Send out a communication to your organization stating that a BCP test will be conducted. You may also include suppliers. Do not let them know what will be tested. Rather request that they review their BCP (now handbook) to refresh them of what their duties may entail. You can anticipate that you and your staff may feel anxious on the day of the test. Stick to the plan, see what breaks, document gaps and staffing concerns. Please advance to the measure phase.

How often should you test?

I advise that you conduct each test type until the staff seems comfortable before progressing to the next. Remember after each test type, you must measure your efforts and make revisions. The full-blown BCP testing should be conducted at least once a year, so I always recommend testing as often as the business allows.

Step 5: Continuous Improvement

This final phase of your business continuity plan will focus on continuous improvement. Think about it as a never-ending phase that continuously answers the following question: How does your business continuity plan mature with your organization?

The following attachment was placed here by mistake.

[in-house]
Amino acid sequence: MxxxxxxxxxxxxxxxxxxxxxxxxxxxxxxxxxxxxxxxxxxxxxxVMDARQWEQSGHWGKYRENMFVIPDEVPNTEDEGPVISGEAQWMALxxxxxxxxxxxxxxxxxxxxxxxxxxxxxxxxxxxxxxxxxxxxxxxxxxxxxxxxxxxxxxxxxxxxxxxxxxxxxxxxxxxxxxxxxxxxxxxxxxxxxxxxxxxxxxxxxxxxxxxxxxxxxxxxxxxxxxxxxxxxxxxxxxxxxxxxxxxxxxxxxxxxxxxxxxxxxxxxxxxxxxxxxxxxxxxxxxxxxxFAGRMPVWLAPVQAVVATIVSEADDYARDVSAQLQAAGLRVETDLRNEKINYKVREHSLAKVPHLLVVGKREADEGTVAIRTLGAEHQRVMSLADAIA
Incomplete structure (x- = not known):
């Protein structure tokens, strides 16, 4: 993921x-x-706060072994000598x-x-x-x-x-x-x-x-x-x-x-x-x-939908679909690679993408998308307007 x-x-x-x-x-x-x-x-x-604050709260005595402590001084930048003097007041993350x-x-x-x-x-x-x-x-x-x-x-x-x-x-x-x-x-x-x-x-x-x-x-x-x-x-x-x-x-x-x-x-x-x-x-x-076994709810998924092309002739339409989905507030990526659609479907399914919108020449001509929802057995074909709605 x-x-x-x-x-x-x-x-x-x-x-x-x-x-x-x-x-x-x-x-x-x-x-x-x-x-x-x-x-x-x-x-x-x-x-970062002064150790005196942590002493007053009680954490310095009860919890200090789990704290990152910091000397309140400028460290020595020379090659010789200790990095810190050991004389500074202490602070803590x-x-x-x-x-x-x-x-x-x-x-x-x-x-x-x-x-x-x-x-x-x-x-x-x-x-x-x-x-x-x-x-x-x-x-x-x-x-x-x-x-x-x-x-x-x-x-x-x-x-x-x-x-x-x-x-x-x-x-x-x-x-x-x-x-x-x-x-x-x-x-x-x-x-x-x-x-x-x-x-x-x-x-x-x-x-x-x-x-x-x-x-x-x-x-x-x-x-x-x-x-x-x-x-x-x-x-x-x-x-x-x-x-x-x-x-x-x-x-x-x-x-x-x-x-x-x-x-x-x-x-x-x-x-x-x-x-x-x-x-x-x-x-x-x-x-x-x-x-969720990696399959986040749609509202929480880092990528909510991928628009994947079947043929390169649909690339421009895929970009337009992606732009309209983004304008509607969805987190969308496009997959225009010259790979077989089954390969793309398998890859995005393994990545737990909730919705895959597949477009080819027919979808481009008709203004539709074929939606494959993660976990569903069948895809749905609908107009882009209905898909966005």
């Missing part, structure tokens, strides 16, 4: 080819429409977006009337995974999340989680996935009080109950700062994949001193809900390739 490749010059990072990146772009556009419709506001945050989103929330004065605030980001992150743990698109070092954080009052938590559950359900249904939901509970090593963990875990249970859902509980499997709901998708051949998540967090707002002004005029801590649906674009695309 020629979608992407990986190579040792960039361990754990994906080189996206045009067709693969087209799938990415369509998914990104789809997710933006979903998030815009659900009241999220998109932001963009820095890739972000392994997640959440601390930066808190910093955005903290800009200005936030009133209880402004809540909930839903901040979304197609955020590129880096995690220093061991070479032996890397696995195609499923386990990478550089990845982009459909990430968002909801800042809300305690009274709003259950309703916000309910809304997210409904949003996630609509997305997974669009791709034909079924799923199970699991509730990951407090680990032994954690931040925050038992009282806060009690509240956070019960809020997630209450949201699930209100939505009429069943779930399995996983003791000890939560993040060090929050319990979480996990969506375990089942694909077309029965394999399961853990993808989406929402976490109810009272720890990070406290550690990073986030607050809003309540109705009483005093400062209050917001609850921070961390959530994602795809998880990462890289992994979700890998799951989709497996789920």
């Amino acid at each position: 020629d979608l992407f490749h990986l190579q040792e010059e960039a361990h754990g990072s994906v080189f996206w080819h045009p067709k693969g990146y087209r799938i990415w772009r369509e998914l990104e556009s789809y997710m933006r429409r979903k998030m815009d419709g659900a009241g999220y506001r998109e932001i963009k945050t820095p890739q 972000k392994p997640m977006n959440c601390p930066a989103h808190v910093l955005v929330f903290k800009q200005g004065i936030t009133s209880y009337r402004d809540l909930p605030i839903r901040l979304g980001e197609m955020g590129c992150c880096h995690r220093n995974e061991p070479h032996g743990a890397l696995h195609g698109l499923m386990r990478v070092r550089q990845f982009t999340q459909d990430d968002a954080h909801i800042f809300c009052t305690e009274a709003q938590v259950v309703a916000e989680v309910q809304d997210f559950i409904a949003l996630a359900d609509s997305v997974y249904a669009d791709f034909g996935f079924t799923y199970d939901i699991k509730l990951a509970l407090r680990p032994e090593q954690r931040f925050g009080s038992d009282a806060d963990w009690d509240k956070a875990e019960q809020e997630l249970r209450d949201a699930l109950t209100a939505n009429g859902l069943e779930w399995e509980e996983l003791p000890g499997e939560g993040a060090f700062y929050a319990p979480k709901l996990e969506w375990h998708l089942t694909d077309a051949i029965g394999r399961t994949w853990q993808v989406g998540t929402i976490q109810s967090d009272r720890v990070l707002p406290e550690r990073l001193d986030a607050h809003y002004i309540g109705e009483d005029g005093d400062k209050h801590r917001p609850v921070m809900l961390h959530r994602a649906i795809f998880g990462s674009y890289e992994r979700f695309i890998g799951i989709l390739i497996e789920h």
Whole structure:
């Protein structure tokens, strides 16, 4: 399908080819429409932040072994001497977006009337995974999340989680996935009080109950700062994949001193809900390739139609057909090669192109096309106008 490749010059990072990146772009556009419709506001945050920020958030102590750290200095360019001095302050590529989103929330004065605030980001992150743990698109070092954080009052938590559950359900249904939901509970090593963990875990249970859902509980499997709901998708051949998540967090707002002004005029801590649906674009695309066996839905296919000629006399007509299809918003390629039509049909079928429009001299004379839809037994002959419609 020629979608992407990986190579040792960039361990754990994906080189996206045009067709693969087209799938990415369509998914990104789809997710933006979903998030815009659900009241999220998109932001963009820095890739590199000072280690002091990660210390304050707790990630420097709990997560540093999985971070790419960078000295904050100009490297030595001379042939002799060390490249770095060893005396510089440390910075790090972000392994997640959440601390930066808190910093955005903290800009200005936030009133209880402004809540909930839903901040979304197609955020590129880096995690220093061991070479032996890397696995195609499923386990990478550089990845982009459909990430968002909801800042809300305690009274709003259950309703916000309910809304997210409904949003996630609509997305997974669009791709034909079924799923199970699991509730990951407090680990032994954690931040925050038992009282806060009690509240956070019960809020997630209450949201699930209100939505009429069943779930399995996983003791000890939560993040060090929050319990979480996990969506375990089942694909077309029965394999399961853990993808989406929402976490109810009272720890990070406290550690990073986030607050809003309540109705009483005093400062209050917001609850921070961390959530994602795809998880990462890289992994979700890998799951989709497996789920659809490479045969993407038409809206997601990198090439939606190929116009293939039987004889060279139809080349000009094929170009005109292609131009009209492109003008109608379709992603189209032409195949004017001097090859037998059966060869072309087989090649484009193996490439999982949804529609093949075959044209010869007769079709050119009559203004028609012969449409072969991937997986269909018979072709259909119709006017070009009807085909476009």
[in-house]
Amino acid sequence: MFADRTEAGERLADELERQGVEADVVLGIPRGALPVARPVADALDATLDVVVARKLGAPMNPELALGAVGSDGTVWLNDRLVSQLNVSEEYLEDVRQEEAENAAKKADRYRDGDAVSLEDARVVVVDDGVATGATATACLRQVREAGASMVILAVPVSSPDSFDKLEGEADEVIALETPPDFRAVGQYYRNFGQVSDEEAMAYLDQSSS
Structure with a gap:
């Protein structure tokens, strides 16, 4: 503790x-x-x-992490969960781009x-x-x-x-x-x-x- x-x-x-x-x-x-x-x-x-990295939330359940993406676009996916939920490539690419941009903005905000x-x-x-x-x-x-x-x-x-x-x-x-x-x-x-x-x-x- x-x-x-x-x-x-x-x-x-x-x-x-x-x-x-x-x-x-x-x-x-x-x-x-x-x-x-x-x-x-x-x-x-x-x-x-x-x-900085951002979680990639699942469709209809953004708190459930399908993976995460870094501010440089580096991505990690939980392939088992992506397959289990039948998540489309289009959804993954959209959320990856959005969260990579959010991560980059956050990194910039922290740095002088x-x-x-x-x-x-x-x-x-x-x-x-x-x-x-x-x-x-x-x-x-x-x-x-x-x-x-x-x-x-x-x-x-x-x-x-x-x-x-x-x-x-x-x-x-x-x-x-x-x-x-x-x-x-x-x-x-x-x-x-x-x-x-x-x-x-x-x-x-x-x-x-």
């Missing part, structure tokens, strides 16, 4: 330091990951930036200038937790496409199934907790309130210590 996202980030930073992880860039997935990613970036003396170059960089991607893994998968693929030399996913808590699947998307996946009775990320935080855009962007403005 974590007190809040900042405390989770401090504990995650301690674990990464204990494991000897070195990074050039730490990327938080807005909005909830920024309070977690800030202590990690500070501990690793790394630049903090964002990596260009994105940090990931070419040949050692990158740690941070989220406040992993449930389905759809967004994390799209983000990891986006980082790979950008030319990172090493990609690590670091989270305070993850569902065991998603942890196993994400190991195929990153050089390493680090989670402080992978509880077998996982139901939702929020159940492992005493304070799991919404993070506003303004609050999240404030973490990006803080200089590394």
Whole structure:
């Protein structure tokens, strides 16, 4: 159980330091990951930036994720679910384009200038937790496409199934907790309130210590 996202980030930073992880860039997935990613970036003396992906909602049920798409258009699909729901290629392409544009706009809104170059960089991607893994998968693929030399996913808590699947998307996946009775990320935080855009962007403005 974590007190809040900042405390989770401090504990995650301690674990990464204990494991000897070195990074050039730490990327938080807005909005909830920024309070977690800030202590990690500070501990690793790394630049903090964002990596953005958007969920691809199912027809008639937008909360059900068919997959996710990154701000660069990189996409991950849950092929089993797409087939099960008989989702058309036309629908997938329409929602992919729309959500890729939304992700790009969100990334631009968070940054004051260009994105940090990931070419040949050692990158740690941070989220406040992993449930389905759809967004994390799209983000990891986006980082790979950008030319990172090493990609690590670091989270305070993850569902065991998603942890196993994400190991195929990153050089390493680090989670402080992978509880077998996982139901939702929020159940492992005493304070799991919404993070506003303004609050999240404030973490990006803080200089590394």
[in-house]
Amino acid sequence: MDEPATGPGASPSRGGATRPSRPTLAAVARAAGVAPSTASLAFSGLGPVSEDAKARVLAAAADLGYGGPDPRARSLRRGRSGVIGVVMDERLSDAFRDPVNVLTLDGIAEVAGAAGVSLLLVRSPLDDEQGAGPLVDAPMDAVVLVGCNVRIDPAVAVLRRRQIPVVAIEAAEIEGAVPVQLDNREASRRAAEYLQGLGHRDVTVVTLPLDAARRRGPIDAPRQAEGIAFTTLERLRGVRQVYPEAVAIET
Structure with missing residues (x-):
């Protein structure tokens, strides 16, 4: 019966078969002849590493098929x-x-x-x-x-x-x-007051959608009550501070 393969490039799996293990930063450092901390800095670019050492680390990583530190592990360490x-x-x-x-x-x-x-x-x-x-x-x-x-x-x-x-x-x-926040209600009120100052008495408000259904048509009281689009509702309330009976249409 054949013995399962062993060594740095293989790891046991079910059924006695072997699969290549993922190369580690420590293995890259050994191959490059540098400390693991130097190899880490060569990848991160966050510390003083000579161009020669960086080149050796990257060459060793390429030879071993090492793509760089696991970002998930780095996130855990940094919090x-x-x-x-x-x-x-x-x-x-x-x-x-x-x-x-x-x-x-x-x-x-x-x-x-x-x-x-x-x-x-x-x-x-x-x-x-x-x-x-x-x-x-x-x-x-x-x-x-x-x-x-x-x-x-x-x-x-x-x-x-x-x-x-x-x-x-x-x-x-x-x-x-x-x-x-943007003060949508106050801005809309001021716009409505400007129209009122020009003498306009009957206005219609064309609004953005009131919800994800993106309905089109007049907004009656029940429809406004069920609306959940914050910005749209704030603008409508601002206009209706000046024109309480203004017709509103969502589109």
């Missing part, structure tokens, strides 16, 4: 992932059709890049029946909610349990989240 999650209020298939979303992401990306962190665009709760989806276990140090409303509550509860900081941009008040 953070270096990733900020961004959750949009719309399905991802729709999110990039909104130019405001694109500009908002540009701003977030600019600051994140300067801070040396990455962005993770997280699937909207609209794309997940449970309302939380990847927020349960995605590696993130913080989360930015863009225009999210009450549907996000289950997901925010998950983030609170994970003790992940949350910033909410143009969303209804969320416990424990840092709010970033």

Living Document

A BCP is a living document. You can’t just “set it and forget it.”

In other words, it changes or morphs alongside the organization as it matures. There are likely elements in a BCP that look good on paper, but they’re difficult to implement in the real world.

This is where measuring and testing come into play.

A unique, robust set of metrics must be developed for each organization to measure benchmarks that matter. If it is easy to measure, you are usually measuring the wrong things.

Word of Advice

Your dashboards should not be used to identify faults in how the individual variable performed, but rather how or why the solution was ineffective.

Ask yourself the right questions

Here is a list of questions that I often answer when I’m helping clients measure the effectiveness of their business continuity plans: